In her atelier in the attic of a block of flats on Kungsholmen, Meta Isæus-Berlin is busy putting the finishing touches to her coming exhibition. Leaning against the walls are gigantic canvases filled with her very distinctive painting, with its sensually organic forms. However, it wasn’t her painting but her installation art that made Meta Isæus-Berlin one of Sweden’s hottest names in the art world of the 90s.
During her twenty-odd-year career, Anneè Olofsson has created imagery drawing upon our worst fears. In order to stage-manage thoughts on ageing, mortality, and molestation – thoughts that interest her – she has cast herself, as well as her parents, in all this. But what happens when life catches up on art? One year ago Olofsson’s father passed away and death experienced only through role-play suddenly became very real.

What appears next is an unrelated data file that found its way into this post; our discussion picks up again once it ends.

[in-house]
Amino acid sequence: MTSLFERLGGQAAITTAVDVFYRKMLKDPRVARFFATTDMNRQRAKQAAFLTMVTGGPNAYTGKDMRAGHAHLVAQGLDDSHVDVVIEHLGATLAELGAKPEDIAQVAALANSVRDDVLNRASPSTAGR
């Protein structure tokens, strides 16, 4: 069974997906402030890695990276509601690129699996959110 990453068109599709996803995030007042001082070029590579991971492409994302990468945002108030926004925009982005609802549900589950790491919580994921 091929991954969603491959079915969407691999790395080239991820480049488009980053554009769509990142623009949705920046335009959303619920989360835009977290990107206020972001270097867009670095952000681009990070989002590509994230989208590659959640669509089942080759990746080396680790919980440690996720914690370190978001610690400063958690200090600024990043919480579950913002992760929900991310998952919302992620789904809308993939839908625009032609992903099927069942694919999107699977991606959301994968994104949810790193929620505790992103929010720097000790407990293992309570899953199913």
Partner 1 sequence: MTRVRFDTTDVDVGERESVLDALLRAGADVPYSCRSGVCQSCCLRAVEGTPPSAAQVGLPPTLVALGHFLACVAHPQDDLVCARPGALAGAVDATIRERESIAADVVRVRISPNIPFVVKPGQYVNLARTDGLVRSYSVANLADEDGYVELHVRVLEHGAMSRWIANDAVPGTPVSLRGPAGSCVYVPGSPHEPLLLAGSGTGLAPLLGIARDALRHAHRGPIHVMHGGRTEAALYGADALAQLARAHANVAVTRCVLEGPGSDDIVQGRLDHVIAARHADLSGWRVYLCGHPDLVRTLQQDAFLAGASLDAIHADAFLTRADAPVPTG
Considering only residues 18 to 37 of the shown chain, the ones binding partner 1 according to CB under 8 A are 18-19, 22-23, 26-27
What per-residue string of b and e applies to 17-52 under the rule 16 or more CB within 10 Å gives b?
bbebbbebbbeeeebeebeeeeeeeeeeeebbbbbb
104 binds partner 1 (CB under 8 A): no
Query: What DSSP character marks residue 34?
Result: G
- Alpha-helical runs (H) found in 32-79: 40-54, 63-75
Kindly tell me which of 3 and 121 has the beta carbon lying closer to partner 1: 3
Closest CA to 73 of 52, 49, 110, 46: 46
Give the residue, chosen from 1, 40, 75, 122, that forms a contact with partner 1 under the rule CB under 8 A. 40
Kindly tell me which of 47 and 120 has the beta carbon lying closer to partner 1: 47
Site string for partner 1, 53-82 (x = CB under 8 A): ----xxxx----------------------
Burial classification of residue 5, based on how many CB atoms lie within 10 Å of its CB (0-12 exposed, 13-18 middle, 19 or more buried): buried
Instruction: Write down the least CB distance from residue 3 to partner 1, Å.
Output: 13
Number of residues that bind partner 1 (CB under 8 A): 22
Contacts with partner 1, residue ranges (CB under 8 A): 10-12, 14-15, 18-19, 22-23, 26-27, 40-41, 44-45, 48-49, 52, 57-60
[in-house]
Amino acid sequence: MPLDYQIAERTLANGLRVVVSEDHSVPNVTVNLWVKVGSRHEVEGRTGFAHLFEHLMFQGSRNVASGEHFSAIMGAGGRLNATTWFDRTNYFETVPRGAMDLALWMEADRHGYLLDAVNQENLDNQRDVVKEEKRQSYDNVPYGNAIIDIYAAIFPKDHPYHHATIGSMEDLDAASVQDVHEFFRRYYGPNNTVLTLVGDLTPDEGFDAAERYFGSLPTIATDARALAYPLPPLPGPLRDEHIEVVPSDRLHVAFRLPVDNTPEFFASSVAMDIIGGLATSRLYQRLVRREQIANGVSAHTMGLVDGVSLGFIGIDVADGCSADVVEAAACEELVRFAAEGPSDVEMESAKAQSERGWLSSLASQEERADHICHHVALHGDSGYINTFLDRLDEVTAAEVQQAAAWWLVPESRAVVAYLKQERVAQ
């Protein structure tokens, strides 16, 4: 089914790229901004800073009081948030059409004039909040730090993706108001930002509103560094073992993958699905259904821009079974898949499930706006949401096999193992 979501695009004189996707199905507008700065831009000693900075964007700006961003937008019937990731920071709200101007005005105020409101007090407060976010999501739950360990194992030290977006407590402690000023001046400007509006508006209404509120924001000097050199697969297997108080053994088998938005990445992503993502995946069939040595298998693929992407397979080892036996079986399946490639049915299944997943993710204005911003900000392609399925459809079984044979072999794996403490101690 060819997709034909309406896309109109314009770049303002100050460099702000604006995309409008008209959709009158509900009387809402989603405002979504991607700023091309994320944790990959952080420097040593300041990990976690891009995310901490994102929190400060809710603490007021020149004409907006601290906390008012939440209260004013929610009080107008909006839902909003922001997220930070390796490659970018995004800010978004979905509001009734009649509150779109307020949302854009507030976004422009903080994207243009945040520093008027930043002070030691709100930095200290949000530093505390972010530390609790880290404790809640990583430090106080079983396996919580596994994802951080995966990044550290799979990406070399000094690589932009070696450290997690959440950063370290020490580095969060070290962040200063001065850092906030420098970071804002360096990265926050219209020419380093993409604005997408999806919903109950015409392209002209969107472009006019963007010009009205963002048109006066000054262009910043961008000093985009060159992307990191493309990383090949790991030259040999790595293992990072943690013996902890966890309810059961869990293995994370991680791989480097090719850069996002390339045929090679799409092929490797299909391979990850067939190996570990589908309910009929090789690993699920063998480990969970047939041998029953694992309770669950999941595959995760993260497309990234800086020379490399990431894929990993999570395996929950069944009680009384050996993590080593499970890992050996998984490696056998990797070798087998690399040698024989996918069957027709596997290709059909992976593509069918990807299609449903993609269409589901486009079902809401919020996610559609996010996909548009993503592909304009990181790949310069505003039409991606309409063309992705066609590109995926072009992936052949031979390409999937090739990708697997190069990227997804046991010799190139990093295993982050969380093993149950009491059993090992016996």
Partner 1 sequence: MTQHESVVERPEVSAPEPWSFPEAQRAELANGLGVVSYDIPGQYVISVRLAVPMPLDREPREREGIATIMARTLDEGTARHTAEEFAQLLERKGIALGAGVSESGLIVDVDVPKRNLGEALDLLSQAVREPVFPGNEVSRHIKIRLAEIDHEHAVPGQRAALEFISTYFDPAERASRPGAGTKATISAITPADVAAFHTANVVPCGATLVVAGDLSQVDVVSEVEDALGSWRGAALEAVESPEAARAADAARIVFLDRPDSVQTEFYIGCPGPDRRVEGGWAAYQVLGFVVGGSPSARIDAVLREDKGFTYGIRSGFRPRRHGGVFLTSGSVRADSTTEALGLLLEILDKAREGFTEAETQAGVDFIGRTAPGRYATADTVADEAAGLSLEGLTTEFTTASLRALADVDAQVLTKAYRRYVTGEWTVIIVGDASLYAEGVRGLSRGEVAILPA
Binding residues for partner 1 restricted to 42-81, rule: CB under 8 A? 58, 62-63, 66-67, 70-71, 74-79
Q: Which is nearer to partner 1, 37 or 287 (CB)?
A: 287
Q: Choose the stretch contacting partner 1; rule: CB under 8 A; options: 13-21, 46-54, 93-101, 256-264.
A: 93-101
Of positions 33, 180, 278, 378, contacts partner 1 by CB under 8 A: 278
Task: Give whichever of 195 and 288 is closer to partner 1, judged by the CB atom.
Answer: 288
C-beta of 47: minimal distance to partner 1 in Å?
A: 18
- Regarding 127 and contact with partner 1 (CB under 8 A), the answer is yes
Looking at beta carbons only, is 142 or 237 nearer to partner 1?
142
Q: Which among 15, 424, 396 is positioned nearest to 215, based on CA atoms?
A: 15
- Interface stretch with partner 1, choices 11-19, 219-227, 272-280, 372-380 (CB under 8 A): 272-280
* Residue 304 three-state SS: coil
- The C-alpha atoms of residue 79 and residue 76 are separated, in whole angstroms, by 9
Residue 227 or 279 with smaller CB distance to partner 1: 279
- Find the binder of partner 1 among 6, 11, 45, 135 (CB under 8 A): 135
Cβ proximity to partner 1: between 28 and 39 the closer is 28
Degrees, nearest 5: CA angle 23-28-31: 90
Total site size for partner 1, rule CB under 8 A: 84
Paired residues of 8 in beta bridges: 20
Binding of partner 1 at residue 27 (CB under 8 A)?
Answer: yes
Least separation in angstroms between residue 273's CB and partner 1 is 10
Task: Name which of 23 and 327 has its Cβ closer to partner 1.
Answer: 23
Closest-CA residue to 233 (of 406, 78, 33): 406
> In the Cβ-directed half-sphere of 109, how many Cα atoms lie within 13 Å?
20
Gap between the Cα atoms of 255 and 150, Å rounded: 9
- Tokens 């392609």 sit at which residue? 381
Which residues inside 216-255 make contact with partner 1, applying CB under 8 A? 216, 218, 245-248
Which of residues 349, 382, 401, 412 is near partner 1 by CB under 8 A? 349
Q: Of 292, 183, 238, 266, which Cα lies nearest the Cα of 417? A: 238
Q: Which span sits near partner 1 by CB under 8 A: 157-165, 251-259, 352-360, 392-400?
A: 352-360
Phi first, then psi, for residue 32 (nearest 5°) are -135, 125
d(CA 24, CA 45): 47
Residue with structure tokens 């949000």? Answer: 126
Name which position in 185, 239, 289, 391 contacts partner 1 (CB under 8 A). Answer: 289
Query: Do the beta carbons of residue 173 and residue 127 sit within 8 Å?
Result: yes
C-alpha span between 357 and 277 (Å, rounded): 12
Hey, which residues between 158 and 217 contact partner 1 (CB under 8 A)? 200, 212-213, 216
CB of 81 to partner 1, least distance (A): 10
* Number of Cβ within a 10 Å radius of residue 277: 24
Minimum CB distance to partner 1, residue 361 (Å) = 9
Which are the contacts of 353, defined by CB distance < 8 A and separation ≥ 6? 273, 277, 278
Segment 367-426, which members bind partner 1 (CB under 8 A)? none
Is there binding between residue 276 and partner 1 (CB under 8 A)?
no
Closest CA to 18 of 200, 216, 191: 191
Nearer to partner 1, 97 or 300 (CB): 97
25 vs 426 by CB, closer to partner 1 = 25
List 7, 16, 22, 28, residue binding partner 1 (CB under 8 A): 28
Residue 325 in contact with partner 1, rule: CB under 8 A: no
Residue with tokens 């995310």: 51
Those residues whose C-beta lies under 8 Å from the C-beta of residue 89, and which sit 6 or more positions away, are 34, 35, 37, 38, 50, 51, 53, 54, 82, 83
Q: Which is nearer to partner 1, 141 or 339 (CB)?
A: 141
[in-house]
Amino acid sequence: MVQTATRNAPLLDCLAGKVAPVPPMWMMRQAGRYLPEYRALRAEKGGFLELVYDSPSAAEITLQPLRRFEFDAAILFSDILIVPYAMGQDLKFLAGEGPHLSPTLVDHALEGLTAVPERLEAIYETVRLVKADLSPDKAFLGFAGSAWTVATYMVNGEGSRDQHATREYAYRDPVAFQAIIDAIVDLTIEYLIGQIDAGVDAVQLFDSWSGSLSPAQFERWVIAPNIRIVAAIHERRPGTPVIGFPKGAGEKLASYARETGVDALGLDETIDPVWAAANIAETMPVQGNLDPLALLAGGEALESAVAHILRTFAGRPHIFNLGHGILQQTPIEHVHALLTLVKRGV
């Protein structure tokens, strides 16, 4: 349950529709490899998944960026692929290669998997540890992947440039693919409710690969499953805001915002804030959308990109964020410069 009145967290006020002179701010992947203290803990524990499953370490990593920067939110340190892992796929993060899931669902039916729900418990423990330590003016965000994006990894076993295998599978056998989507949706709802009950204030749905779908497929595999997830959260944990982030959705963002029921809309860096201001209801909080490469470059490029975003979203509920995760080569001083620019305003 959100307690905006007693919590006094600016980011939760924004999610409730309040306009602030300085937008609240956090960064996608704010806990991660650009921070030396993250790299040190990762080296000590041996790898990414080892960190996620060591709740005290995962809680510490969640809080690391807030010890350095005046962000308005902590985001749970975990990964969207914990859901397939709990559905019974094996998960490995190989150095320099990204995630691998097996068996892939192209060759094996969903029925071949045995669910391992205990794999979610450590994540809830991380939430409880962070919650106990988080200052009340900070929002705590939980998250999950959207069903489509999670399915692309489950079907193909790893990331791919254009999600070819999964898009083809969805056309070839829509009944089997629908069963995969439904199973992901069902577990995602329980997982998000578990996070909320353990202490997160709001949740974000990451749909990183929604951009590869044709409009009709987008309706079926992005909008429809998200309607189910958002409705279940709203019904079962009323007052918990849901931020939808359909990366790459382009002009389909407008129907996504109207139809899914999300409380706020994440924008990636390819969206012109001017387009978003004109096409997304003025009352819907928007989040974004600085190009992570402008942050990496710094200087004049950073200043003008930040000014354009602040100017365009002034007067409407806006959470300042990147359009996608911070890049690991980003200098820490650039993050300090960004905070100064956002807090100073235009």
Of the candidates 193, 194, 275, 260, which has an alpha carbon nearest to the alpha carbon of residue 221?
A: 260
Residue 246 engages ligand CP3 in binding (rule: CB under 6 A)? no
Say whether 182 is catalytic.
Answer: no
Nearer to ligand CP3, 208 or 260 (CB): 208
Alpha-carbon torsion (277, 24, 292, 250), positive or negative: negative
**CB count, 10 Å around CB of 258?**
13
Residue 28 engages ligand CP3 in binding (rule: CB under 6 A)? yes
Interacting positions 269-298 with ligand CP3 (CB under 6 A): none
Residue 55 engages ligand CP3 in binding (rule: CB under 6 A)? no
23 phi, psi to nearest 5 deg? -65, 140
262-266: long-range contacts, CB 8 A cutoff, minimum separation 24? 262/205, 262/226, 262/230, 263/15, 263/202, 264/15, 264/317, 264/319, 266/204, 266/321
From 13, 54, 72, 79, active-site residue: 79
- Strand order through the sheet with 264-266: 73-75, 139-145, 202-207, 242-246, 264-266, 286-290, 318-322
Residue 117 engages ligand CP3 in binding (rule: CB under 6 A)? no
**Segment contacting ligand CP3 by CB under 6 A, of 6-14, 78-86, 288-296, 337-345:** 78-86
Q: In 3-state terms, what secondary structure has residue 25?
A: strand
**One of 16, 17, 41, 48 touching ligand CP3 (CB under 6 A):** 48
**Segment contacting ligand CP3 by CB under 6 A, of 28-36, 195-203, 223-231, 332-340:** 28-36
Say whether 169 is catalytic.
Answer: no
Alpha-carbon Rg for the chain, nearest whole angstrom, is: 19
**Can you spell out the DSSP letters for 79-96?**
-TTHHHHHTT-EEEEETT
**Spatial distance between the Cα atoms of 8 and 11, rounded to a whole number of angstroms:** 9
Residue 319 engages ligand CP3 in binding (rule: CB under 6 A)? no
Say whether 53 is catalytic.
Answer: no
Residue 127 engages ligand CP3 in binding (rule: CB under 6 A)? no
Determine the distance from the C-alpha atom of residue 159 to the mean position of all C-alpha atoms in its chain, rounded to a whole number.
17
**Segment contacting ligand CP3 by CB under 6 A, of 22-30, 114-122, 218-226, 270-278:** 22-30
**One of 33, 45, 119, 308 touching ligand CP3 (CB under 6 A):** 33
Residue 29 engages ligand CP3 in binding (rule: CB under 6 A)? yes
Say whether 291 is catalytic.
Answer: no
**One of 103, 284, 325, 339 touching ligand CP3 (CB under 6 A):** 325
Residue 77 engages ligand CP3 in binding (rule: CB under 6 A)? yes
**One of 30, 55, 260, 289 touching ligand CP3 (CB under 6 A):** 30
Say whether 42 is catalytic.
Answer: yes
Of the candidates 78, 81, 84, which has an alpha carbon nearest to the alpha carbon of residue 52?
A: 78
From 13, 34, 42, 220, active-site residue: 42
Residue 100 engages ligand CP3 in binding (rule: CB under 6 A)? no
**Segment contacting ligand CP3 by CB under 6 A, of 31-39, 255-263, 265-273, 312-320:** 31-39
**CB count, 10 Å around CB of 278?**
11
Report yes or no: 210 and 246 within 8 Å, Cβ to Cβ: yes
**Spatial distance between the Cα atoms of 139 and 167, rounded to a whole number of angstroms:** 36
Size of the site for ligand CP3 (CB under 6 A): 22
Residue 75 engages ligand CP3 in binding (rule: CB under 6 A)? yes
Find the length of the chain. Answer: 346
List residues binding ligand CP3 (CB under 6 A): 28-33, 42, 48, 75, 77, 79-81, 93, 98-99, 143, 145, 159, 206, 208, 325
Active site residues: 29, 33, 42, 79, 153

Greying and mealy lavender flowers, bone dry, stuffed into a little muslin sack. You may have encountered such an oddment, tucked away in the cupboards of a summerhouse, sitting on top of linen folded long ago. All the essential oils have dried up; the flowers emit only the faintest odour, hardly noticeable. It is now merely a decorative feature – a still life of sorts.